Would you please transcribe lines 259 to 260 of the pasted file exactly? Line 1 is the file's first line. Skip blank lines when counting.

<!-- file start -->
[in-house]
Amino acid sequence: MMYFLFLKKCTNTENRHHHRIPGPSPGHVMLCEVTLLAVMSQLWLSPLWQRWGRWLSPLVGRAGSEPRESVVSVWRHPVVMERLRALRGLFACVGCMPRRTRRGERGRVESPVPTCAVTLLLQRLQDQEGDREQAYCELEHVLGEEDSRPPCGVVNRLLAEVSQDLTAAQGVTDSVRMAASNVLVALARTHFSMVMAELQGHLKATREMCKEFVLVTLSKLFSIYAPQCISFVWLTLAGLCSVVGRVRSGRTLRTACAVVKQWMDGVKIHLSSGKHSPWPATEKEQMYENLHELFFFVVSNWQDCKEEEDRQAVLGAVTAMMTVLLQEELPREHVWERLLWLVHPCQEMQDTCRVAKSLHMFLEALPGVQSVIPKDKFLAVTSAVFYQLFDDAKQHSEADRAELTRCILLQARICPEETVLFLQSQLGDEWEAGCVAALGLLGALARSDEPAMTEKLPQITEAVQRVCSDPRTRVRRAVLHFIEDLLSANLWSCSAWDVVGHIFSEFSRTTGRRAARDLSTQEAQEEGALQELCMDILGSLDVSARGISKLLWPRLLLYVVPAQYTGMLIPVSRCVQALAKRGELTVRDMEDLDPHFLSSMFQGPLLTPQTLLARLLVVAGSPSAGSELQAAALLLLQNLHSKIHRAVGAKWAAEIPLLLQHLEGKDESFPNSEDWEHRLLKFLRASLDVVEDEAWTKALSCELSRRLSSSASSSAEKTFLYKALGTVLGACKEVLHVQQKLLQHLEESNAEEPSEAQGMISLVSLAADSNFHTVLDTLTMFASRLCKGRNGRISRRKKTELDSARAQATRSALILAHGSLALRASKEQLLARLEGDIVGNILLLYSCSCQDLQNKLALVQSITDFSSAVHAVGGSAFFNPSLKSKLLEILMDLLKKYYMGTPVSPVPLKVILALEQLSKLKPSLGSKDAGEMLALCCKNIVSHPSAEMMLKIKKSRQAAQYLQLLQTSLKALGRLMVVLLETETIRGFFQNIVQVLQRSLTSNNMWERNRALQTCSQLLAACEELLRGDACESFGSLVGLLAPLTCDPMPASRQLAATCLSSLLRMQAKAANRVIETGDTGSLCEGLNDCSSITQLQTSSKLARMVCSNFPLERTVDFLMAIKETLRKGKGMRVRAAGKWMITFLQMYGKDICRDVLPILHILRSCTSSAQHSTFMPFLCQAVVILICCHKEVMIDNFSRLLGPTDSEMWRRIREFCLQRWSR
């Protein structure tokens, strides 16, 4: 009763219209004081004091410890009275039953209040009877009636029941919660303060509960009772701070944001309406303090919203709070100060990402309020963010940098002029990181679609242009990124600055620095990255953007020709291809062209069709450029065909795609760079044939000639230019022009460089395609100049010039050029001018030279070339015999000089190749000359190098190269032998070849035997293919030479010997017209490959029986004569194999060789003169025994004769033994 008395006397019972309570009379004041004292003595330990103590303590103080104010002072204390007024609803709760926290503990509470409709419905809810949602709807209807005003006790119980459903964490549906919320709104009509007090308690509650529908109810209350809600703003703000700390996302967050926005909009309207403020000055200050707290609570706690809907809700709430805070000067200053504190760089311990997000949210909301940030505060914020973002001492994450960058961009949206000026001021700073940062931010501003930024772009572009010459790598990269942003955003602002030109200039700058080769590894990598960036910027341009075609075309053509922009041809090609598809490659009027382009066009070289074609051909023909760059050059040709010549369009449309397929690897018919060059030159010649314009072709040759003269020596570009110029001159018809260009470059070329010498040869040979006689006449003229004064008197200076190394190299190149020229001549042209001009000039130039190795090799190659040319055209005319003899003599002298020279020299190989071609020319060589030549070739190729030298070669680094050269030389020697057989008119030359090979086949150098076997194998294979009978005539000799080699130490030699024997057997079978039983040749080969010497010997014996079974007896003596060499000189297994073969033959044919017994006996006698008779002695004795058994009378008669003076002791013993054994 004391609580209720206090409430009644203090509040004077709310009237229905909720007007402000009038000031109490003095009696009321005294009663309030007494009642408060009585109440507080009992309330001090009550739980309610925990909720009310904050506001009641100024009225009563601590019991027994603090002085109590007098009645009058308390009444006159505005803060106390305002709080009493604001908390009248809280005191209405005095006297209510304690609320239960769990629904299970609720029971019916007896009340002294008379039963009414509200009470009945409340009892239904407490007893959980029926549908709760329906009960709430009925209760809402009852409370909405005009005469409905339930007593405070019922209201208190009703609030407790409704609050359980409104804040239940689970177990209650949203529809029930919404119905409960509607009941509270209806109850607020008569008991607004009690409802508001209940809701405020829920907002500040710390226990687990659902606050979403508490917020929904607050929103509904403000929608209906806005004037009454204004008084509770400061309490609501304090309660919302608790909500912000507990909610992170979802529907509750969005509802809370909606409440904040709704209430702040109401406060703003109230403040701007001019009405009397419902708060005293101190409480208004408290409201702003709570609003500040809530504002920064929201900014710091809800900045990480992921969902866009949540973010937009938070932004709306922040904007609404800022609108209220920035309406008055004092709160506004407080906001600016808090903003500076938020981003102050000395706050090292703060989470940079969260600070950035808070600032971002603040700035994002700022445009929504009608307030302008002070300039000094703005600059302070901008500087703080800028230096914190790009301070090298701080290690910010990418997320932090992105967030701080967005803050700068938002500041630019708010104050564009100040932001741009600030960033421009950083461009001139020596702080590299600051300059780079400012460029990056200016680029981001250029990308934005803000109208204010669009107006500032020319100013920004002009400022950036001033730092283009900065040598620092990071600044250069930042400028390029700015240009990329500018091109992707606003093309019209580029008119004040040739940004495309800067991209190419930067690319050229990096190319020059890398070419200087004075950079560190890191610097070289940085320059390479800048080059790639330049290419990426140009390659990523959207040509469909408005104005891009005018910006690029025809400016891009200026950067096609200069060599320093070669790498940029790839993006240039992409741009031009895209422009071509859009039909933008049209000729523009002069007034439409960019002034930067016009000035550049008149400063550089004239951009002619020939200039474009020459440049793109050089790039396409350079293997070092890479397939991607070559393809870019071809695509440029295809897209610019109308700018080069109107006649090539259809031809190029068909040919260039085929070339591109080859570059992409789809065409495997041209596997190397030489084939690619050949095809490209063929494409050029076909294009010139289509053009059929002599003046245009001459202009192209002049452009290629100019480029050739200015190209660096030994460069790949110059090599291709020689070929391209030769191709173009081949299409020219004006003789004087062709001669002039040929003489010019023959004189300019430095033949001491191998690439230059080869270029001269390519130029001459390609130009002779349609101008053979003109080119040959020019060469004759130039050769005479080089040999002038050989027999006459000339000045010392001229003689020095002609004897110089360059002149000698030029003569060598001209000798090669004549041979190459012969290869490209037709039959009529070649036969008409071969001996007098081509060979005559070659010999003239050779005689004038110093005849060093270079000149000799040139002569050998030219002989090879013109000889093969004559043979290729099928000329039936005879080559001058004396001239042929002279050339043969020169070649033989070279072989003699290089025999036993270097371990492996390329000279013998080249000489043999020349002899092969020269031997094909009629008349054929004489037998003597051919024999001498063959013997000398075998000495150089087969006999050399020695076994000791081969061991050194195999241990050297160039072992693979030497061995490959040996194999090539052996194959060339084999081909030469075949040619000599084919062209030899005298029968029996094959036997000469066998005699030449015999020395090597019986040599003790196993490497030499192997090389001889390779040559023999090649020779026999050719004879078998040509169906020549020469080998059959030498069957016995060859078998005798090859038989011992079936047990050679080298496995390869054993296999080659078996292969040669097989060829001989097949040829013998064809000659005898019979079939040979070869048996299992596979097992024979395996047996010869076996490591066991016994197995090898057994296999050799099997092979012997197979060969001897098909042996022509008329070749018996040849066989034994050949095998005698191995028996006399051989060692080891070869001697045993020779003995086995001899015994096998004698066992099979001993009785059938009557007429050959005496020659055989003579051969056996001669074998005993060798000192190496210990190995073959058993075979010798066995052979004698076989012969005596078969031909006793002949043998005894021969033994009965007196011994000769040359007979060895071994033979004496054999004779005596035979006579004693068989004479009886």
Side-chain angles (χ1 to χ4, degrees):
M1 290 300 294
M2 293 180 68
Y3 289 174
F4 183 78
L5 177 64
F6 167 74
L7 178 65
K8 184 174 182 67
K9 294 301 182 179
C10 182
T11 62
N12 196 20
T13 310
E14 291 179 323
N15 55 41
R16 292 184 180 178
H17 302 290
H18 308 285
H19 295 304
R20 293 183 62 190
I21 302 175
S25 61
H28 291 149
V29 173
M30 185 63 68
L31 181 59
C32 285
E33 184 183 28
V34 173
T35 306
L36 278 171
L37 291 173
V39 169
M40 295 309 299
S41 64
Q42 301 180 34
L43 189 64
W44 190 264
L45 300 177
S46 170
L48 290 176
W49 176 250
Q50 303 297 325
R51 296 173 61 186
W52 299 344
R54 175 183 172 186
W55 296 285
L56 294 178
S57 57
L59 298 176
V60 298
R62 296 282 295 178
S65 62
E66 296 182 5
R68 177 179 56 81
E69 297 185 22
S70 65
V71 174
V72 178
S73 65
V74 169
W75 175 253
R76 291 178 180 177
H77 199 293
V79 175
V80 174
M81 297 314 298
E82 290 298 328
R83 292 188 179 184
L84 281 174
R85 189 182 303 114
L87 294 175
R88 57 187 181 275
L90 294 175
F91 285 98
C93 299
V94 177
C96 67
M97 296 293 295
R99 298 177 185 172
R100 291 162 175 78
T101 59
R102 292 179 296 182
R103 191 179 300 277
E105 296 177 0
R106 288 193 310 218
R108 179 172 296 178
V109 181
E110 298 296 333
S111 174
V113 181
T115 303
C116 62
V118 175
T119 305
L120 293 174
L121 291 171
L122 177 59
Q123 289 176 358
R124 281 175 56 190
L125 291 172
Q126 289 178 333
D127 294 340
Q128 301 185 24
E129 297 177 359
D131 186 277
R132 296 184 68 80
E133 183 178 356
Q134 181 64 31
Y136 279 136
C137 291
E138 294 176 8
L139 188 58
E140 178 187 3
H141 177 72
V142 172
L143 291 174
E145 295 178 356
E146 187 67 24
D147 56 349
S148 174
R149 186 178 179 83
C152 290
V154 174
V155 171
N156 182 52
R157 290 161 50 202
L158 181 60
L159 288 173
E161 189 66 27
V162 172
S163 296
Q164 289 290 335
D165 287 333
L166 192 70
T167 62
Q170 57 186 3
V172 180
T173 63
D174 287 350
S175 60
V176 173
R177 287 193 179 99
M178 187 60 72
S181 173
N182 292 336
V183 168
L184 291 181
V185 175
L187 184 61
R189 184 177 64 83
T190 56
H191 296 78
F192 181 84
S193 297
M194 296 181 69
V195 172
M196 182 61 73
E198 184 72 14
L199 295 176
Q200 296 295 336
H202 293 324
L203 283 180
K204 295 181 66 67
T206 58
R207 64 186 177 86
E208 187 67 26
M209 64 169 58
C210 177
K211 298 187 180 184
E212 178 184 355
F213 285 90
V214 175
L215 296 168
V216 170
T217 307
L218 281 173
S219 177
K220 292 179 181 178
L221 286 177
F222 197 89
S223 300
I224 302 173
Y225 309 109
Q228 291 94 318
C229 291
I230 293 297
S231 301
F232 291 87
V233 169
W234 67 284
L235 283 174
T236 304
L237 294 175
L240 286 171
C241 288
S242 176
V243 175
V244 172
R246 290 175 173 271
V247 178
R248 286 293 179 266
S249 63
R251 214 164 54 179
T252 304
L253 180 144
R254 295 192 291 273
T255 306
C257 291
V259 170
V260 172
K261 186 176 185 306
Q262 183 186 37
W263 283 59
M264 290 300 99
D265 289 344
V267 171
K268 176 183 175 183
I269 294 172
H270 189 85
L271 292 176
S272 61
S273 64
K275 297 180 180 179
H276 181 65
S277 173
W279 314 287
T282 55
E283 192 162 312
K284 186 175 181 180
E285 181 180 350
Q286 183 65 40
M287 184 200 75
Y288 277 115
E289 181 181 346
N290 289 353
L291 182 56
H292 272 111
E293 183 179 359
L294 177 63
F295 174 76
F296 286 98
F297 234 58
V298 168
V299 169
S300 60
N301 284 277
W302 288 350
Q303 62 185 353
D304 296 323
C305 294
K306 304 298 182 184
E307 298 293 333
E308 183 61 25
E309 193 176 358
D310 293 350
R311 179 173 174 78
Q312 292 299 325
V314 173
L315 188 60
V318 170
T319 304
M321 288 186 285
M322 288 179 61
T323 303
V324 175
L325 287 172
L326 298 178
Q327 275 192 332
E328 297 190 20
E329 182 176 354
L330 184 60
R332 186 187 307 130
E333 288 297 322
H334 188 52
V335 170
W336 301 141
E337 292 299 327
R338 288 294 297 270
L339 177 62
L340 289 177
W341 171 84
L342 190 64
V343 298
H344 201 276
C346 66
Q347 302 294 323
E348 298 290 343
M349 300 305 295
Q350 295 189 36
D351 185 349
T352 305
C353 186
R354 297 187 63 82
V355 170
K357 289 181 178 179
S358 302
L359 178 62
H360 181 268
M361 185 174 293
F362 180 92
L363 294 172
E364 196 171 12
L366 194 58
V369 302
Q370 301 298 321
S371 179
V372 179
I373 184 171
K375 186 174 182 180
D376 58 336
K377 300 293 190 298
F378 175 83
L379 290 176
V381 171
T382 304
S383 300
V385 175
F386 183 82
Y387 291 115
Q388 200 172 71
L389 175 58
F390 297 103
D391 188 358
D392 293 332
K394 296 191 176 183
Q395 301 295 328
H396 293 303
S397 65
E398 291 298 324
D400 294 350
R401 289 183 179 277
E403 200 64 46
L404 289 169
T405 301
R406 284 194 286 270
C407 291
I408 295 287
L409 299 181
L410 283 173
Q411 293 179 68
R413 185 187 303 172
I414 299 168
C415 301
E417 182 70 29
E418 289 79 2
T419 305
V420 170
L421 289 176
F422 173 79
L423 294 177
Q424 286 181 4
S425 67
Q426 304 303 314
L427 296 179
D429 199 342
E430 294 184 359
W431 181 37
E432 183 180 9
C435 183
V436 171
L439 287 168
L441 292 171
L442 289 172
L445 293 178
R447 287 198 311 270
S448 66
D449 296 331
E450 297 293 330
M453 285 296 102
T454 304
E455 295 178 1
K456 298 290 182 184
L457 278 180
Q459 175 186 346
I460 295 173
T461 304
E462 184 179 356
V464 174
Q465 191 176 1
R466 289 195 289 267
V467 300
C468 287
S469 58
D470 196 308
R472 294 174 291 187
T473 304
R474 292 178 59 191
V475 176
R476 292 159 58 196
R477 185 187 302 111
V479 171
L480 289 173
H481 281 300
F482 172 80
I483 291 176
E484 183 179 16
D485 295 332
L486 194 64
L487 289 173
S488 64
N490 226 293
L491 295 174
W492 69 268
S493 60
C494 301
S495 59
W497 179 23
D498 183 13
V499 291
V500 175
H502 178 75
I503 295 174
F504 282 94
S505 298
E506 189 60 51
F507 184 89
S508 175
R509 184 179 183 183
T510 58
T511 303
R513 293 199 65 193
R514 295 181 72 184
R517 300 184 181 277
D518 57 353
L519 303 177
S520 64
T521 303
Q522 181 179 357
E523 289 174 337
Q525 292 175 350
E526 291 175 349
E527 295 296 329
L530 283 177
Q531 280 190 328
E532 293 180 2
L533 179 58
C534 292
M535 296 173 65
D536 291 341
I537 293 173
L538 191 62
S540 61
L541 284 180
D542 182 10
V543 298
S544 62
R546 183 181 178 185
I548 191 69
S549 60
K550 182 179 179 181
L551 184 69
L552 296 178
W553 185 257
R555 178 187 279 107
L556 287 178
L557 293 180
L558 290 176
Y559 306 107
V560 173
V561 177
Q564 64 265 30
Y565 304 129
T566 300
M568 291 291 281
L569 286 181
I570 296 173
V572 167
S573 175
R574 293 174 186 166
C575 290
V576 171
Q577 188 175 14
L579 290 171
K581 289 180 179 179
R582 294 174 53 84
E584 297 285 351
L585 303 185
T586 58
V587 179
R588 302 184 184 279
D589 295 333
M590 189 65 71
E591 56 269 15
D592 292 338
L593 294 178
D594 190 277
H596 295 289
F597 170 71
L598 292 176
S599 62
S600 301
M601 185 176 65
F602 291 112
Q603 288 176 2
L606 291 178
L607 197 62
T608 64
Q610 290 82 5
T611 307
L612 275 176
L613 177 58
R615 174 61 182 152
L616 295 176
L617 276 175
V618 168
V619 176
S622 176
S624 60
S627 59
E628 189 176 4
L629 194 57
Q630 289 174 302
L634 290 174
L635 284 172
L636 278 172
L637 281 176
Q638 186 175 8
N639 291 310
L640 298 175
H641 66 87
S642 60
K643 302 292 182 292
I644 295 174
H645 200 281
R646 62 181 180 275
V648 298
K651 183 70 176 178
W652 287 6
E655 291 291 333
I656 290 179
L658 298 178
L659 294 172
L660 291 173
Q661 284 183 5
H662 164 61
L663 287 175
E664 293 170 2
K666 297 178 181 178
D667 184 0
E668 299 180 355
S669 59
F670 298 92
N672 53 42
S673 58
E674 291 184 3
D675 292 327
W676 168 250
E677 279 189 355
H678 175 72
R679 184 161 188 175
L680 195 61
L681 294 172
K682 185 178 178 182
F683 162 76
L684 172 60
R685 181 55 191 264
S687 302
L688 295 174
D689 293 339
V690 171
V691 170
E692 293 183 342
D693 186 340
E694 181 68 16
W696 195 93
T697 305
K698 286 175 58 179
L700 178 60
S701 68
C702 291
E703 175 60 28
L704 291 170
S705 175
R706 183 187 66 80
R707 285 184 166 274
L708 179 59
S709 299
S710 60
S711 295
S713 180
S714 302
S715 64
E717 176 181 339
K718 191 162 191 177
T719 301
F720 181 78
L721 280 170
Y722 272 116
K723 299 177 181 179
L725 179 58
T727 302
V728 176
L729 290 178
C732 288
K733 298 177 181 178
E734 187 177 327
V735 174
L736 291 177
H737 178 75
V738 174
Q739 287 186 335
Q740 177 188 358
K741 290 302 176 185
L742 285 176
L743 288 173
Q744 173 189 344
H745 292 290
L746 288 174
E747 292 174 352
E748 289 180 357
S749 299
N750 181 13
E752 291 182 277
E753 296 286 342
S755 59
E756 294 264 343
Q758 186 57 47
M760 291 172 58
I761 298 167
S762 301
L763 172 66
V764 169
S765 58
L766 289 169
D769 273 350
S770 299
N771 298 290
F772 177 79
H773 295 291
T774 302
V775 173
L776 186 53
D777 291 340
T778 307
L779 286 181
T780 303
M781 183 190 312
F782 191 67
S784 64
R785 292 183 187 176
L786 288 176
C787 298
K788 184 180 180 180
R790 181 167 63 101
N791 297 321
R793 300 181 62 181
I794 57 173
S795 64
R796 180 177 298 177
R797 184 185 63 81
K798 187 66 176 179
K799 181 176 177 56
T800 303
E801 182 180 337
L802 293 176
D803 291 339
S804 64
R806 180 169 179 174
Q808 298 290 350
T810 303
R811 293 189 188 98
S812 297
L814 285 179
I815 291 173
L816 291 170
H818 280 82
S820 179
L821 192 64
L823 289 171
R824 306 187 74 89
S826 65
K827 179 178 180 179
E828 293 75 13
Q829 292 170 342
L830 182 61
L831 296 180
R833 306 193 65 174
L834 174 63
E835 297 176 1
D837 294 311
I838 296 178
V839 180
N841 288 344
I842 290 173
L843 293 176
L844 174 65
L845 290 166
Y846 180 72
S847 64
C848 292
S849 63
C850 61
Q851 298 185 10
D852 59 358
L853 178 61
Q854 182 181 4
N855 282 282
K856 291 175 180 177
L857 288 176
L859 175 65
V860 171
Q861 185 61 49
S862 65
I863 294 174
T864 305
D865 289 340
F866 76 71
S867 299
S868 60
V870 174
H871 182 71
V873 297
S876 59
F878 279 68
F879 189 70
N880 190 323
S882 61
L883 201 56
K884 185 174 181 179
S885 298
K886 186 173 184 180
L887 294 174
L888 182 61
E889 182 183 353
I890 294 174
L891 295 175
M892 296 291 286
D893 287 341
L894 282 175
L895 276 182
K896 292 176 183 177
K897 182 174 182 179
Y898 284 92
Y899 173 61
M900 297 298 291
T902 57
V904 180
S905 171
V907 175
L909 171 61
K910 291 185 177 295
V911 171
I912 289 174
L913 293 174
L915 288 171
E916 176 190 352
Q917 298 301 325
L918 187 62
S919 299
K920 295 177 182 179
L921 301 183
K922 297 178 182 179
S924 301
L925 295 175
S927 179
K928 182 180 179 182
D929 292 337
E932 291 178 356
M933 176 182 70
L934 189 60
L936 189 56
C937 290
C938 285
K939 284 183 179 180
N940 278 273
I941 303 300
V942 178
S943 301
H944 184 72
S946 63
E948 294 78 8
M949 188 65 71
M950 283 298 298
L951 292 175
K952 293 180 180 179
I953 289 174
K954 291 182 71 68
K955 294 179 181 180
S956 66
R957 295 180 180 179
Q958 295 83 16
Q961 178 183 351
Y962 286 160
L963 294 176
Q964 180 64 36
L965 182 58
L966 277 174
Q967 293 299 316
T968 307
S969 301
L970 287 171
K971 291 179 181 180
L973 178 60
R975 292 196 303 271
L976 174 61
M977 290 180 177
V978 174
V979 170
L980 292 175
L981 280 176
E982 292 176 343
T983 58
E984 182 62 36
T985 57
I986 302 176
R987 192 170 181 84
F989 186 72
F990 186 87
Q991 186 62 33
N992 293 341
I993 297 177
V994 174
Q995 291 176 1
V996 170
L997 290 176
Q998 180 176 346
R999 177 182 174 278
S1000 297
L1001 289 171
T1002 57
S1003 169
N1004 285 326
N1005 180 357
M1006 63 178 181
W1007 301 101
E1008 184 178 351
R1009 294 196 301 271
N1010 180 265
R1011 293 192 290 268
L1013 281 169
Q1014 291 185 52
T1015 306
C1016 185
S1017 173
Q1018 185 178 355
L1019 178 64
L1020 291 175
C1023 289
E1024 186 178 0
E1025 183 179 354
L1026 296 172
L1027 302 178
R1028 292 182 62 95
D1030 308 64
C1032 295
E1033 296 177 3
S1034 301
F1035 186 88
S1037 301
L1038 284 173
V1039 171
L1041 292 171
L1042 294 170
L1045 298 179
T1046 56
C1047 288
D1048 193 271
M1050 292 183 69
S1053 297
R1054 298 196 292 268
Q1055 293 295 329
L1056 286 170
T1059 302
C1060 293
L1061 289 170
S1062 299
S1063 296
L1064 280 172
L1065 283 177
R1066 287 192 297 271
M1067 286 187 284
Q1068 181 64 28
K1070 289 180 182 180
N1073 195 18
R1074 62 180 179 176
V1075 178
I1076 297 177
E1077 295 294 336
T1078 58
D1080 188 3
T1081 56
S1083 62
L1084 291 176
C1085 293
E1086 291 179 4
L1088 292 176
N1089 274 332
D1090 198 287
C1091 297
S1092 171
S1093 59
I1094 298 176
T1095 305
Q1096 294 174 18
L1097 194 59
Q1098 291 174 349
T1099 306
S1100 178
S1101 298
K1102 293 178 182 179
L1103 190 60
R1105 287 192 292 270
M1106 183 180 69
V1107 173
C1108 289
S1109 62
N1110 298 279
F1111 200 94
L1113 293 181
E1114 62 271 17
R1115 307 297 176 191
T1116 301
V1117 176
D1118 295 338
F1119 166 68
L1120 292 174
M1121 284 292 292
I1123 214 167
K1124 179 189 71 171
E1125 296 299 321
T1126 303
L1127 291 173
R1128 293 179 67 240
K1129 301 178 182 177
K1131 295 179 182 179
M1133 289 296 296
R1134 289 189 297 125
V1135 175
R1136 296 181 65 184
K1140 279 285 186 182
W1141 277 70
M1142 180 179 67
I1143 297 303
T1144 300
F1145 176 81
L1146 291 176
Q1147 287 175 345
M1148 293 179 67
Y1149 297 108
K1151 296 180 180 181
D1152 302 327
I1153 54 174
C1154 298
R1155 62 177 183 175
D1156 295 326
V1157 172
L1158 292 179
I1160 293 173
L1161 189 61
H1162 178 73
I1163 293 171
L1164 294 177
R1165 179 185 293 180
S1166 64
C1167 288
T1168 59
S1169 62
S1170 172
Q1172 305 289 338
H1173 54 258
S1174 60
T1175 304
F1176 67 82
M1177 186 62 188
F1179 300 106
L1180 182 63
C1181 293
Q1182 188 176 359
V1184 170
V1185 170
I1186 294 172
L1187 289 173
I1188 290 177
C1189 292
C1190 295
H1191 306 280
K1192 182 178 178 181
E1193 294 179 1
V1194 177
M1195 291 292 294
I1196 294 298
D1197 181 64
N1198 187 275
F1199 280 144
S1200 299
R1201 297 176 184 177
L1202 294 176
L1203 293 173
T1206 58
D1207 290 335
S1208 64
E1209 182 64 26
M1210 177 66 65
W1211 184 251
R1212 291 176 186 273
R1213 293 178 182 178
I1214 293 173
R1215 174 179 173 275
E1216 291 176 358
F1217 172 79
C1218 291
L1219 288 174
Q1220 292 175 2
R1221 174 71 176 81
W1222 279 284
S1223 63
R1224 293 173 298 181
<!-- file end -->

E309 193 176 358
D310 293 350